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WHA66: Statement on Social Determinants of Health

24 May 2013

Statement to the 66th session of the World Health Assembly
on agenda item 14.3 Social Determinants of Health

CLICK HERE for the full PDF version

Thank you, Chair, for giving me the opportunity to address the distinguished members of the World Health Assembly on behalf of Medicus Mundi International and the People’s Health Movement.

Member States have expressed their commitment to SDH and have identified it as a priority area for WHO’s work. It is of concern that the report presented to the Health Assembly is limited to a list of activities without qualitative assessment of the impacts of these activities. In the absence of a more substantive engagement with conceptual and operational issues around SDH, the report constitutes evidence of a narrow and superficial engagement with and understanding of SDH. In order to take forward its work on the SDH it is imperative for the WHO to undertake more robust research and initiate actions into the structural causes of SDH – very appropriately termed as the ‘causes of causes’ by the Commission on Social Determinants of Health.

The approach to SDH should encompass more than classic risk factors and individual lifestyles. Underlying down-stream risk factors -- such as smoking, sedentary behavior and poor nutrition – are structural causes that are embedded in social, cultural, economic and environmental factors. For example, austerity measures designed to address the present financial crisis in Europe, are driving the privatization of health systems and the dismantling of the welfare state. Similarly, trade and financial liberalization policies and global power imbalances have a profound impact on health in different contexts across the world. Any action on SDH will have to find ways to address these and other structural causes of ill health.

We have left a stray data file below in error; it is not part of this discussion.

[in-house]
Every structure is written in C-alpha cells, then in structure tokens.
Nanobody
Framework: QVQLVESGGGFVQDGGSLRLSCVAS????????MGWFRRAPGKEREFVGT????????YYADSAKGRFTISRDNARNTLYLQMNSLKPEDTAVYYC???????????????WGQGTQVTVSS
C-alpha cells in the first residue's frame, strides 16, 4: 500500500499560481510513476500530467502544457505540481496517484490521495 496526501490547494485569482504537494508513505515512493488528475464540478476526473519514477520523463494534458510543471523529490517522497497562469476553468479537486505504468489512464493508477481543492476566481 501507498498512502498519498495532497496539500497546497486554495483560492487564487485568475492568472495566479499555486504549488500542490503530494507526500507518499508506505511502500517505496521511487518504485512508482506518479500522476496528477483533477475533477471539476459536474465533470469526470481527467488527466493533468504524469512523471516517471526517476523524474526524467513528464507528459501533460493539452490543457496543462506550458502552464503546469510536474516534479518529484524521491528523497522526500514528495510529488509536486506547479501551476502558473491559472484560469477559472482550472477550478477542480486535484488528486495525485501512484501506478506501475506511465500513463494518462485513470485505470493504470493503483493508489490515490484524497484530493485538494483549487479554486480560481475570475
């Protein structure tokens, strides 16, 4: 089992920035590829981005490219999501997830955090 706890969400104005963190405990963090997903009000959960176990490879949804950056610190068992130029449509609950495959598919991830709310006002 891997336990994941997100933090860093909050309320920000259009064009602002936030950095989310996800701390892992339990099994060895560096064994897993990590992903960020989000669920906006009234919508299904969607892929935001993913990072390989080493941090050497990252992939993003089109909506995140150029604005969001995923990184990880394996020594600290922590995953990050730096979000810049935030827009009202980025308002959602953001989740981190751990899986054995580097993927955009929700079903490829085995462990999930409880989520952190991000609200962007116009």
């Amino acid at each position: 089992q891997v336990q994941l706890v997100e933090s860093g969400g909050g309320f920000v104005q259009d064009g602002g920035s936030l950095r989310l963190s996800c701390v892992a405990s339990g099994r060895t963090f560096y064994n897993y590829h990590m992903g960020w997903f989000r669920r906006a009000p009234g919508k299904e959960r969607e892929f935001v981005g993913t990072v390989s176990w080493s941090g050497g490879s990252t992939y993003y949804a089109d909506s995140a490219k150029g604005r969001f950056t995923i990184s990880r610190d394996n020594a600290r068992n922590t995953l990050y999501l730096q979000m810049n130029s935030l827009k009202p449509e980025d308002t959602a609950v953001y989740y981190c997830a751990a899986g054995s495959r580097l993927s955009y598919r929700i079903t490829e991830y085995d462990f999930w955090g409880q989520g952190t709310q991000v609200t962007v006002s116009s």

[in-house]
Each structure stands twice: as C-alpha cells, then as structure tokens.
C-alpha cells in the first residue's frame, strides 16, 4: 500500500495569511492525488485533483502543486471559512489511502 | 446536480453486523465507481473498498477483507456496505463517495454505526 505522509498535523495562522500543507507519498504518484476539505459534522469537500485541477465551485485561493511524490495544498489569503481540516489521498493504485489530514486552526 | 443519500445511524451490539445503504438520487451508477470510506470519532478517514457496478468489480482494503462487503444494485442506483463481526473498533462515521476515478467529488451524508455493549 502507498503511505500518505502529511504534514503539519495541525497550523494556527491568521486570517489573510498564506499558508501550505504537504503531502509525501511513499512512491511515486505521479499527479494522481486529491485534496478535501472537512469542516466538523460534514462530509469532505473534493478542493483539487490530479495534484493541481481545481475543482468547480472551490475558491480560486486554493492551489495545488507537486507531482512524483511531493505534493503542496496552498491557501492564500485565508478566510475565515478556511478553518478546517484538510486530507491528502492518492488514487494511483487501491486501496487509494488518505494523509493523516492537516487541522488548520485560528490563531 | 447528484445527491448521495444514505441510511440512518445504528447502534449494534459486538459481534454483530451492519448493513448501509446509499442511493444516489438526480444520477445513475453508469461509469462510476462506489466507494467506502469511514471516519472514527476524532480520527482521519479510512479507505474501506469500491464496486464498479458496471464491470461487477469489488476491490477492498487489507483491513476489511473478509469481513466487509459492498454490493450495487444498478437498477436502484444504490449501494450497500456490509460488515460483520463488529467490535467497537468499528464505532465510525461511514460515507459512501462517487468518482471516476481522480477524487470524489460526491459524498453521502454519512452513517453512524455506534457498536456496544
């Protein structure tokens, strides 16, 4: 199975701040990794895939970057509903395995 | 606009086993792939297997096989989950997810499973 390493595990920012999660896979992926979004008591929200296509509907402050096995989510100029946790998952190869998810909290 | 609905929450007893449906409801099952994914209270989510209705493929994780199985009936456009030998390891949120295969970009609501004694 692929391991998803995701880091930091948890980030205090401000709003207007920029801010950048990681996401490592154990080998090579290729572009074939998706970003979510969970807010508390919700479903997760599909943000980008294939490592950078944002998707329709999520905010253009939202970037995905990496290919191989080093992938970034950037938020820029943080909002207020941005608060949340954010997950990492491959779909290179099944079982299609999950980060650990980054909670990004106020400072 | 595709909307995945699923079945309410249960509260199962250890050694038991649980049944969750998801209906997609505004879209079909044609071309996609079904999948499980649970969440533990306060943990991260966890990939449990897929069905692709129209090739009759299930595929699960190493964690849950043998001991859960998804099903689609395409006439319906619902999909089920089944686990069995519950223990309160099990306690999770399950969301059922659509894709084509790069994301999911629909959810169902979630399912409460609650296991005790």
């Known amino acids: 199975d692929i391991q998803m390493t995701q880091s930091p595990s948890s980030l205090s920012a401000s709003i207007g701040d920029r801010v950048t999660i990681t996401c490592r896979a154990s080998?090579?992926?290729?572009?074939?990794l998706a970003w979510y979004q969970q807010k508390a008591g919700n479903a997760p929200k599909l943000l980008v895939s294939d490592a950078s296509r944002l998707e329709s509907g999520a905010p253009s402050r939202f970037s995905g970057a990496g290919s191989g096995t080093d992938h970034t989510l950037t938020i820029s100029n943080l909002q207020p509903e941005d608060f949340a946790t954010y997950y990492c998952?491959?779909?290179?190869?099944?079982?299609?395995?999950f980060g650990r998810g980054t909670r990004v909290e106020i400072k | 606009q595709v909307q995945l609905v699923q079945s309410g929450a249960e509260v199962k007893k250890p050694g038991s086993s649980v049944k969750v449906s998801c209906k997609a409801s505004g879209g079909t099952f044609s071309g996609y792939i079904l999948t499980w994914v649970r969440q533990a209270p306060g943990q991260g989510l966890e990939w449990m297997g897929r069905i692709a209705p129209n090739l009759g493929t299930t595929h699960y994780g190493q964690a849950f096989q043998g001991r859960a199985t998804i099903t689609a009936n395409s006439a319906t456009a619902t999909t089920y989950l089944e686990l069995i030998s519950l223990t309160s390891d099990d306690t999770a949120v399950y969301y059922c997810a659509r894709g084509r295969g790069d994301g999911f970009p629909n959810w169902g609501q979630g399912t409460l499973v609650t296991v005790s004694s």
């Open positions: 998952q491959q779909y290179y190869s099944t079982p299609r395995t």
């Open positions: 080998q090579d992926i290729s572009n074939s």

It is matter of real concern that the budget for social determinants, at $30m, accounts for only 0.7% of the WHO’s budget. This level of gross underfunding reflects a profound mismatch between WHO’s stated commitment to the social determinants of health and its actual work program.

Further, progress on health outcomes related to SDH cannot be meaningfully measured unless the indicators adopted for measurement and evaluation are disaggregated using meaningful stratifiers. 

Finally, the report fails to clearly identify the causes of health inequities rooted in social determinants. Without a clear equity lens action on SDH will not be effective in reaching to the most marginalized sections. The opportunity to address the post 2015 development agenda in facing health inequities through actions on their root causes cannot be wasted.

We call upon WHO and Member States to adopt a comprehensive approach to SDH within a cross-cutting framework and to ensure budgetary allocations commensurate to the task.


                                                                                                                        Thank you.


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